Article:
The U.S. military ordered American commanders to hold ethical training on battlefield conduct, and the Iraqi government Thursday announced its own investigation into reports that U.S. Marines killed unarmed civilians last year.
Lt. Gen. Peter Chiarelli, the commander of U.S.-led forces in Iraq, said the ethical training would emphasize “professional military values and the importance of disciplined, professional conduct in combat,” as well as Iraqi cultural expectations.
“As military professionals, it is important that we take time to reflect on the values that separate us from our enemies,” he said in a statement. “The challenge for us is to make sure the actions of a few do not tarnish the good work of the many.”
The training will be conducted in units in the next 30 days and was aimed at reinforcing training service members received before coming to Iraq.
“Of the nearly 150,000 Coalition Forces presently in Iraq, 99.9 percent of them perform their jobs magnificently every day,” Chiarelli said. Of those troops, about 130,000 are from the United States.
“They do their duty with honor under difficult circumstances. They exhibit sound judgment, honesty and integrity. They display patience, professionalism and restraint in the face of a treacherous enemy. And they do the right thing even when no one is watching,” Chiarelli said.
He added, however, that “unfortunately, there are a few individuals who sometimes choose the wrong path.”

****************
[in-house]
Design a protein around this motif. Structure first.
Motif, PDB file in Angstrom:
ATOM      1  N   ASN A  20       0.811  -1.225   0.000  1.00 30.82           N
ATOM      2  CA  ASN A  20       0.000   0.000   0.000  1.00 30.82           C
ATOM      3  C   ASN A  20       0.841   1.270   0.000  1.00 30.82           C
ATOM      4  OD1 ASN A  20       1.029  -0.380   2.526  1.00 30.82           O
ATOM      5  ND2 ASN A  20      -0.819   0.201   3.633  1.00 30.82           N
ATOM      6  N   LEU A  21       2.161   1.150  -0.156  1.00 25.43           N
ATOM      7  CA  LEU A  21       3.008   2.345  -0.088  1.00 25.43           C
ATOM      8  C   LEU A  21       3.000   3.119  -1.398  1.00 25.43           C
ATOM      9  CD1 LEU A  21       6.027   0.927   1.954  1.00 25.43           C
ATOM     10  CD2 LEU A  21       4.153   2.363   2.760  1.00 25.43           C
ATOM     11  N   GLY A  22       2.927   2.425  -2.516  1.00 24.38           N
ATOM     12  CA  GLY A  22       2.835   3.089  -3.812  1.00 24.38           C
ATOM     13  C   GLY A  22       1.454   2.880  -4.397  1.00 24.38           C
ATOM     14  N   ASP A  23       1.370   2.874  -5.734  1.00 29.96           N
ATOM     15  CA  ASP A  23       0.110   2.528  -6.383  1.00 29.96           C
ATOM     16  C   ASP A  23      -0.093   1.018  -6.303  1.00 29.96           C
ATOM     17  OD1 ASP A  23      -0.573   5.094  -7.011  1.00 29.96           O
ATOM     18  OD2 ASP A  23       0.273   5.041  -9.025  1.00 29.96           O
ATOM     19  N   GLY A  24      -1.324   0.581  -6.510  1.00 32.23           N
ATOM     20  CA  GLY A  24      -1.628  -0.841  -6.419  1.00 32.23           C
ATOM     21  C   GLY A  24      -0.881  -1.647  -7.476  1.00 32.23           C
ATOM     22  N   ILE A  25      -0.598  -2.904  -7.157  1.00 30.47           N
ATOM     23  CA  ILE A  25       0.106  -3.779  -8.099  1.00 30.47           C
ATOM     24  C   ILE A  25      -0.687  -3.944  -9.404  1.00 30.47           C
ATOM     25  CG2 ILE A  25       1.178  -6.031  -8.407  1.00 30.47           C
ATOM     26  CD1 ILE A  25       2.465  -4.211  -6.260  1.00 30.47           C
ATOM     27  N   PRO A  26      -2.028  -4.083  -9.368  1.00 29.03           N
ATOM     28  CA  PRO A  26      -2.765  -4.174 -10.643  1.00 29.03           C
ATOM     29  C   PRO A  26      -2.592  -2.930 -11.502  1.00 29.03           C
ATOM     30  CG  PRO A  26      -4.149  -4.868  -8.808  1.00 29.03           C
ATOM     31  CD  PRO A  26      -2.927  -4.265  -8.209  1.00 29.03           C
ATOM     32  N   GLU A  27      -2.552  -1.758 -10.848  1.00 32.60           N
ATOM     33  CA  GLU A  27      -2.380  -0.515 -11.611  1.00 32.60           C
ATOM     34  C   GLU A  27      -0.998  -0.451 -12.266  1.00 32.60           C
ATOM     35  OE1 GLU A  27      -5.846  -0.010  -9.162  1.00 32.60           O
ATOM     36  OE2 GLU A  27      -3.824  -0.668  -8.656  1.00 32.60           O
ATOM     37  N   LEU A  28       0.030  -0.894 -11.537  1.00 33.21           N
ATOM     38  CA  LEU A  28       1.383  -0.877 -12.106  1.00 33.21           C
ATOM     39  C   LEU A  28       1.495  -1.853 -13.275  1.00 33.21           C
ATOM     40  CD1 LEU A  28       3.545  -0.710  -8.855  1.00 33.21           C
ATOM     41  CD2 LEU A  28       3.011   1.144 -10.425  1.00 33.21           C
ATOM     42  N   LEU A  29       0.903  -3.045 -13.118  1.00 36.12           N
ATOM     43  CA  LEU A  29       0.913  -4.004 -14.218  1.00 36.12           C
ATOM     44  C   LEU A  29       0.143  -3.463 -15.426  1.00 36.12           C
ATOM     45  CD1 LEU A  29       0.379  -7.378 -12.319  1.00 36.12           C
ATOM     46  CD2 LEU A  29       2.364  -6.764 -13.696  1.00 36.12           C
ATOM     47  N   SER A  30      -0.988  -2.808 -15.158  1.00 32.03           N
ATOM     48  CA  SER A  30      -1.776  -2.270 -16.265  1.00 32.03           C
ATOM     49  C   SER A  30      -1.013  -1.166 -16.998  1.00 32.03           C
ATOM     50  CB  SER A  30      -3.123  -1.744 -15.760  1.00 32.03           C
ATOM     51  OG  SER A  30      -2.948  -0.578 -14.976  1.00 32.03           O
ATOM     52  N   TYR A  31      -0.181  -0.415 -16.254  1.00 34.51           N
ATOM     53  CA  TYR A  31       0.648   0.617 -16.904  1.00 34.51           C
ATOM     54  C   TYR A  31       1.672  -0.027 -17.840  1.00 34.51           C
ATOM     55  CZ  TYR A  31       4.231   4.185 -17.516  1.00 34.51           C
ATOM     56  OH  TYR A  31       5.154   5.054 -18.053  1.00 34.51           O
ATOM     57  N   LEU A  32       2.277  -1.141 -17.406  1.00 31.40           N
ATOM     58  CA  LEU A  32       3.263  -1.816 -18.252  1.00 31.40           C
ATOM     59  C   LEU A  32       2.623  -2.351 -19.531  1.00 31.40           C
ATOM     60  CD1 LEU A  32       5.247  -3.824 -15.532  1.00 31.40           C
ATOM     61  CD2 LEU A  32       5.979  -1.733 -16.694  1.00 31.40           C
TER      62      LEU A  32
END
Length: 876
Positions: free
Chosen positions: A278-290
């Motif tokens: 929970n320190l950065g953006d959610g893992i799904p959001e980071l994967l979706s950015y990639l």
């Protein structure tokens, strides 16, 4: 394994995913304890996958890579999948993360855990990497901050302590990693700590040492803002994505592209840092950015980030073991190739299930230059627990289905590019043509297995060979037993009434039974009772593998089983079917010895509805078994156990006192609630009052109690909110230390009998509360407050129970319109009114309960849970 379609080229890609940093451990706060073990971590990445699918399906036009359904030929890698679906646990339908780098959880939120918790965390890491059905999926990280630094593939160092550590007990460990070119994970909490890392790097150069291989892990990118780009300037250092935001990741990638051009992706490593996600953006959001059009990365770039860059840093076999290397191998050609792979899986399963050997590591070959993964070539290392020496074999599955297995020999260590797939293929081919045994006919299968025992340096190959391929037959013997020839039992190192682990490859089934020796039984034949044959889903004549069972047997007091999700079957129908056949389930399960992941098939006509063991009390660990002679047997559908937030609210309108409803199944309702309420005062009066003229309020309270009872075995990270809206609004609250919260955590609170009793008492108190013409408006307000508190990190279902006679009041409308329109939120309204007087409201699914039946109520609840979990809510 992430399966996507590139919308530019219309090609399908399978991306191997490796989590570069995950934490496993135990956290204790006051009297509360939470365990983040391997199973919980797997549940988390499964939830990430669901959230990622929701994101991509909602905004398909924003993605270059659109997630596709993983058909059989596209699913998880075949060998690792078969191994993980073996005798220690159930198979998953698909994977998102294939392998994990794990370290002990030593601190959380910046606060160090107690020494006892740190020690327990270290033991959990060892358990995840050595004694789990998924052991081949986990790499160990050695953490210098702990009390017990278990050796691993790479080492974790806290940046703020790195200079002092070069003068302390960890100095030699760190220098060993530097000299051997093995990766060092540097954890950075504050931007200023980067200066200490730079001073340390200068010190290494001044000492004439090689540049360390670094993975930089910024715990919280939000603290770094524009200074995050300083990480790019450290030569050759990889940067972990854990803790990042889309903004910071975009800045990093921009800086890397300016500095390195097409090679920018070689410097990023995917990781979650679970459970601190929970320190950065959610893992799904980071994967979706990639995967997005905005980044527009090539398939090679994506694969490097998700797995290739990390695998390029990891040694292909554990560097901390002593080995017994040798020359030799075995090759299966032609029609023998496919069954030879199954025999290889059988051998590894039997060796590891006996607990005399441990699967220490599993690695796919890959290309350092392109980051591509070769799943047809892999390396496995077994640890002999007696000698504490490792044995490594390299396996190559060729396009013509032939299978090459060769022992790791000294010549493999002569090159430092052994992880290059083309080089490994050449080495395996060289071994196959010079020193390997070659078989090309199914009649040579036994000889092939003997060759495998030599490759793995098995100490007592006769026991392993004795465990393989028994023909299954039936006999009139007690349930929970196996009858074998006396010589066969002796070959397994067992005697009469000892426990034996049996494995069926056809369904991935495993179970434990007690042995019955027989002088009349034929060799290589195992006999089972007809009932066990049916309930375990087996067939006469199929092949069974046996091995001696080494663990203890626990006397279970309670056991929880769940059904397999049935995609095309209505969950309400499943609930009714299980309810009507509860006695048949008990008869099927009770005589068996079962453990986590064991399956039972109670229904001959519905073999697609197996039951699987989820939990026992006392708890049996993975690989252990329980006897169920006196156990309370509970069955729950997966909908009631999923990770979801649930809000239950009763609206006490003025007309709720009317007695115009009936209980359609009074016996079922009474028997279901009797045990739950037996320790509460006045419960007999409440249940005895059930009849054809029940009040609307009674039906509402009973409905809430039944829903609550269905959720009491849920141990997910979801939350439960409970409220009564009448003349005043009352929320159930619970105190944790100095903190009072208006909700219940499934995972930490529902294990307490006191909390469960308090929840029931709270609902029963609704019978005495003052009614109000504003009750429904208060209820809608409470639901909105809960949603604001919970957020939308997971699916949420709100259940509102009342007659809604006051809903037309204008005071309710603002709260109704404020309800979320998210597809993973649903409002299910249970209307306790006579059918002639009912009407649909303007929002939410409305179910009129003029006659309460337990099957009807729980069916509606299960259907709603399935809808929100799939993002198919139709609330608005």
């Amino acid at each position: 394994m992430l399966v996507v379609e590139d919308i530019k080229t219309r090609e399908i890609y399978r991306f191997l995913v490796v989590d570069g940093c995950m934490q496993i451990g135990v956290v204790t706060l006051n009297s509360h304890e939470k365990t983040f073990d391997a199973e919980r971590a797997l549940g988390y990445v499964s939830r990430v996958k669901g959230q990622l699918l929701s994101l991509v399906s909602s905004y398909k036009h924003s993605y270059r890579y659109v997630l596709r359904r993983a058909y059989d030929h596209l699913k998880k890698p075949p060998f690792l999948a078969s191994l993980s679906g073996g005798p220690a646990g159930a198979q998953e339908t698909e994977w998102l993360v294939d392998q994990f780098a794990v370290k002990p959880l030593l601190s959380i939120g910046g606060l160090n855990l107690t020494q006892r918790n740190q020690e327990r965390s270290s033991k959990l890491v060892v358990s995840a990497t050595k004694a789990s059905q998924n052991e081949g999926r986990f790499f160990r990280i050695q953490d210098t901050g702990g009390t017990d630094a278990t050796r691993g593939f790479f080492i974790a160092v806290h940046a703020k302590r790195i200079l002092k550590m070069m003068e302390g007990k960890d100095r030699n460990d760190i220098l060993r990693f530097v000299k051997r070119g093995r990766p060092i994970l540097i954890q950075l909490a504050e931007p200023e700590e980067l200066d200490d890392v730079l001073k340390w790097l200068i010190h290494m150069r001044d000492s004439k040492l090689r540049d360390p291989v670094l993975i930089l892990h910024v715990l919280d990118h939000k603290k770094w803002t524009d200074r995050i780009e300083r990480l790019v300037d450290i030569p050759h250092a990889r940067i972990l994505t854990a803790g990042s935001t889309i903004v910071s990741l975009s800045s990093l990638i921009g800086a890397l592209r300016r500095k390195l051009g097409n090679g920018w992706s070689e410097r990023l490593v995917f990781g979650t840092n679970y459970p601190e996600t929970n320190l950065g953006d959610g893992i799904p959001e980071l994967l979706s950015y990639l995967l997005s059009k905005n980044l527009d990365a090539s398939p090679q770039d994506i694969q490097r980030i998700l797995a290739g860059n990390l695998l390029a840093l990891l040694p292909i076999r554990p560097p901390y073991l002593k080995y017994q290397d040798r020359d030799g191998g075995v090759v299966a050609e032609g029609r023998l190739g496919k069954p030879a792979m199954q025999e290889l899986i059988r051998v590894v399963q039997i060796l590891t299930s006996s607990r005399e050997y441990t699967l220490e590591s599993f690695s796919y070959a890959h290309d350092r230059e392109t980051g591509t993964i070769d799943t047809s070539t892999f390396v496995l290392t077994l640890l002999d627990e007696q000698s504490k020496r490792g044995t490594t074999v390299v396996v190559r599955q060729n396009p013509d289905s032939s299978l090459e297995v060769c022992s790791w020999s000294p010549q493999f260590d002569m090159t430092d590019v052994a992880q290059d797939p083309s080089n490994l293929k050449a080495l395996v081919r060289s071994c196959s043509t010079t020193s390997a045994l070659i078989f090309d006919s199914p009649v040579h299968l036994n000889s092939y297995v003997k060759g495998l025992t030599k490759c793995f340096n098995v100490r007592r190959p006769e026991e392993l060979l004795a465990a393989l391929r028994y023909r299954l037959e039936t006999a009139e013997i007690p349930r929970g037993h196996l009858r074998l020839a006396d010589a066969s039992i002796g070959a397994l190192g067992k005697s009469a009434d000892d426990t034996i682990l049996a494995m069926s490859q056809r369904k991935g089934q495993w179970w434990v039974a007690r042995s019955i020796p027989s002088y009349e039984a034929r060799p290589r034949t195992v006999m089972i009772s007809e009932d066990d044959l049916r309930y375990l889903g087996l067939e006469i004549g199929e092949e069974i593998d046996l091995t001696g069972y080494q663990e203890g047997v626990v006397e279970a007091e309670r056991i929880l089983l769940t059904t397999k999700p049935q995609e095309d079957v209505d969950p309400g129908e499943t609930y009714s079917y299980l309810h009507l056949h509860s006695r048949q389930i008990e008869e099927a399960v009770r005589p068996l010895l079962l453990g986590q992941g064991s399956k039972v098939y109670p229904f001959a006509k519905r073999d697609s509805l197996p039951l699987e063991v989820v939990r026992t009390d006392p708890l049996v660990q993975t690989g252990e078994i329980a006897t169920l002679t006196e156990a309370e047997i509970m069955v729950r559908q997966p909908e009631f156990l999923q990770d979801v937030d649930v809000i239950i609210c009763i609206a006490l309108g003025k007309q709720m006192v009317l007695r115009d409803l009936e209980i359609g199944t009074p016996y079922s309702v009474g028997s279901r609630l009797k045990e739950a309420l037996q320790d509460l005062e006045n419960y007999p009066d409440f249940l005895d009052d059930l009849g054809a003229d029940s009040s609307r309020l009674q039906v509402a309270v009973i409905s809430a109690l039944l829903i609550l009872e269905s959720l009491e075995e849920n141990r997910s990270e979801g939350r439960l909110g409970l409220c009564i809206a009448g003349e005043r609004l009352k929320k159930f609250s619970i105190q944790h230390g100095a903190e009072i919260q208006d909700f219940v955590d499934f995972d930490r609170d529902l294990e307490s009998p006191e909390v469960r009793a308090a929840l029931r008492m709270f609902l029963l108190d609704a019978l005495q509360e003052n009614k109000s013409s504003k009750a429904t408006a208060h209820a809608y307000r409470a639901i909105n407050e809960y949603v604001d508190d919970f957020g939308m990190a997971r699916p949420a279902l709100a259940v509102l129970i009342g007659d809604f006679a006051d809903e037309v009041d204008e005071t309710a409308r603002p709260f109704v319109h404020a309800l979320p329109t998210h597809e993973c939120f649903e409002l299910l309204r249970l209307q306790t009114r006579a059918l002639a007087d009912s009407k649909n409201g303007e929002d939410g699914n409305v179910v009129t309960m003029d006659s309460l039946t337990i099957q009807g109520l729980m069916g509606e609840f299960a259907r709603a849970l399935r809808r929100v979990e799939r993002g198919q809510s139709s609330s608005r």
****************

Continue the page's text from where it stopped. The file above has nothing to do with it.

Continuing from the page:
The U.S. Marine Commandant, Gen. Michael W. Hagee, traveled to Iraq last week and cautioned troops on the danger of becoming “indifferent to the loss of a human life.”
Their comments came amid rising anger over allegations that U.S. Marines shot and killed 24 civilians, including women in children, in the western city of Haditha on Nov. 19, after a bomb attack on a military convoy killed a Marine.
“It appears to be a horrible crime,” Prime Minister Nouri al-Maliki told a news conference. “A large number of women, men and children have been eliminated because of an explosion that targeted a vehicle of the multinational forces.”
News of probe slow to reach Bush
The White House said Thursday President Bush was briefed about the Haditha probe nearly a month after the military began investigating reports Marines murdered unarmed civilians in Iraq.
On Tuesday, the White House said Bush was briefed “soon after” the opening of the probe, which was prompted by inquiries about the Nov. 19 incident from Time magazine.
A reporter from the magazine asked U.S. military officials on Feb. 10 about the circumstances surrounding the alleged massacre, in which 24 people in Haditha, an insurgent stronghold in western Iraq, were killed following a bomb attack on a military convoy in which a Marine died. Four days later, on Feb. 14, Lt. Gen. Peter Chiarelli, commander of Multinational Corps Iraq, ordered an investigation into the incident, White House press secretary Tony Snow said Thursday.
But, Snow said, Bush was not informed about the existence of the investigation until March 11, when he was briefed by national security adviser Stephen Hadley.
A preliminary report on March 3 recommended additional inquiry. Chiarelli received initial findings from that on March 9 and asked for the further review, which still is ongoing, Snow said. Defense Secretary Donald H. Rumsfeld and Gen. Peter Pace, chairman of the Joint Chiefs of Staff, were informed the next day and Bush the day after, on a Saturday.
Time reported the investigation on March 19.
Bush pledged Thursday that the results of the inquiry will be made public.
Bush said Wednesday he was troubled by the allegations and that, “if in fact laws were broken, there will be punishment.”
It was Bush’s first public comment on allegations that Marines killed about two dozen unarmed Iraqi men, women and children in the western city of Haditha last November.